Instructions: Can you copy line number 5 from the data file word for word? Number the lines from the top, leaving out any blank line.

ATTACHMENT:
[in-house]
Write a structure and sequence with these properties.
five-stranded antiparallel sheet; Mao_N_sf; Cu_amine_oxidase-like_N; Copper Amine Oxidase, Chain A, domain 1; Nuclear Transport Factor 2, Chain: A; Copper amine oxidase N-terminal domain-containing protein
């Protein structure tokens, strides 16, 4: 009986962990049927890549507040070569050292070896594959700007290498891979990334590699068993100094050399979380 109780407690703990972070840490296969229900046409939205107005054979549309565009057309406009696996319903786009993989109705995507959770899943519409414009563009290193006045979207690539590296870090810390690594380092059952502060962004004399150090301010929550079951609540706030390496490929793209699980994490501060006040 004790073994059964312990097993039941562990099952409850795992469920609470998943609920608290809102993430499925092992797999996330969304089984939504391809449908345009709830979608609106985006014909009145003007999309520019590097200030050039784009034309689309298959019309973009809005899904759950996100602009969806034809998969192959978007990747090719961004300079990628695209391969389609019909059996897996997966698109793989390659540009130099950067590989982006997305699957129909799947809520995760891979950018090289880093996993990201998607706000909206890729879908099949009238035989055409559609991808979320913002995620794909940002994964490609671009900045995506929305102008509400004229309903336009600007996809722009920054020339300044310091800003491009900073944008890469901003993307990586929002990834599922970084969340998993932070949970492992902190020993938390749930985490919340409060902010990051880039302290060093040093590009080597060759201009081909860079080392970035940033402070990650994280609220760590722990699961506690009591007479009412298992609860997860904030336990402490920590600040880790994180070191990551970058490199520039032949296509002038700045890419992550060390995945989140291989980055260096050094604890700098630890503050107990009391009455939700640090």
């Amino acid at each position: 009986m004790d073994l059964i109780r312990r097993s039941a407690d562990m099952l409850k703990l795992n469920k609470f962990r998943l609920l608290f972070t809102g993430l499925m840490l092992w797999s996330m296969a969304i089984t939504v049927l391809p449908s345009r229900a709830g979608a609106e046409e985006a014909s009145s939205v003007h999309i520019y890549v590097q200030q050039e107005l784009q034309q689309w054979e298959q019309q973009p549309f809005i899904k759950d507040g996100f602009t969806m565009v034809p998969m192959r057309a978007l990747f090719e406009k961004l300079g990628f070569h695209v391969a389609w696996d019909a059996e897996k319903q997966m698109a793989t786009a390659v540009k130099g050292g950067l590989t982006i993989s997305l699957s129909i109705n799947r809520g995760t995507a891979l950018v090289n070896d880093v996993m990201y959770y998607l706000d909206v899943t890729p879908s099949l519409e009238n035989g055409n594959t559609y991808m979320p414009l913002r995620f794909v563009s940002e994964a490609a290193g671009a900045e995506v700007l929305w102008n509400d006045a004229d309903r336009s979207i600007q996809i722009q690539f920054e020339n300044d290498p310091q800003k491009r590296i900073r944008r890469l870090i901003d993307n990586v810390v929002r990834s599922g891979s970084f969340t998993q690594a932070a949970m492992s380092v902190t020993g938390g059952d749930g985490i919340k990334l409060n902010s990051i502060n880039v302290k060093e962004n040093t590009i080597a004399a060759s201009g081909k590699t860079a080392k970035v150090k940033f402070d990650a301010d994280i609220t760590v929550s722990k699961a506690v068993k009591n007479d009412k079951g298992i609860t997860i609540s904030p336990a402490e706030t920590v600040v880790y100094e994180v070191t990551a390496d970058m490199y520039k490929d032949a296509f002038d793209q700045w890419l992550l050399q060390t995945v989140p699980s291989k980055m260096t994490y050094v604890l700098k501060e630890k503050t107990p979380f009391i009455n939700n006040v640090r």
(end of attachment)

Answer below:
């Amino acid at each position: 009986m004790d073994l059964i109780r312990r097993s039941a407690d562990m099952l409850k703990l795992n469920k609470f962990r998943l609920l608290f972070t809102g993430l499925m840490l092992w797999s996330m296969a969304i089984t939504v049927l391809p449908s345009r229900a709830g979608a609106e046409e985006a014909s009145s939205v003007h999309i520019y890549v590097q200030q050039e107005l784009q034309q689309w054979e298959q019309q973009p549309f809005i899904k759950d507040g996100f602009t969806m565009v034809p998969m192959r057309a978007l990747f090719e406009k961004l300079g990628f070569h695209v391969a389609w696996d019909a059996e897996k319903q997966m698109a793989t786009a390659v540009k130099g050292g950067l590989t982006i993989s997305l699957s129909i109705n799947r809520g995760t995507a891979l950018v090289n070896d880093v996993m990201y959770y998607l706000d909206v899943t890729p879908s099949l519409e009238n035989g055409n594959t559609y991808m979320p414009l913002r995620f794909v563009s940002e994964a490609a290193g671009a900045e995506v700007l929305w102008n509400d006045a004229d309903r336009s979207i600007q996809i722009q690539f920054e020339n300044d290498p310091q800003k491009r590296i900073r944008r890469l870090i901003d993307n990586v810390v929002r990834s599922g891979s970084f969340t998993q690594a932070a949970m492992s380092v902190t020993g938390g059952d749930g985490i919340k990334l409060n902010s990051i502060n880039v302290k060093e962004n040093t590009i080597a004399a060759s201009g081909k590699t860079a080392k970035v150090k940033f402070d990650a301010d994280i609220t760590v929550s722990k699961a506690v068993k009591n007479d009412k079951g298992i609860t997860i609540s904030p336990a402490e706030t920590v600040v880790y100094e994180v070191t990551a390496d970058m490199y520039k490929d032949a296509f002038d793209q700045w890419l992550l050399q060390t995945v989140p699980s291989k980055m260096t994490y050094v604890l700098k501060e630890k503050t107990p979380f009391i009455n939700n006040v640090r």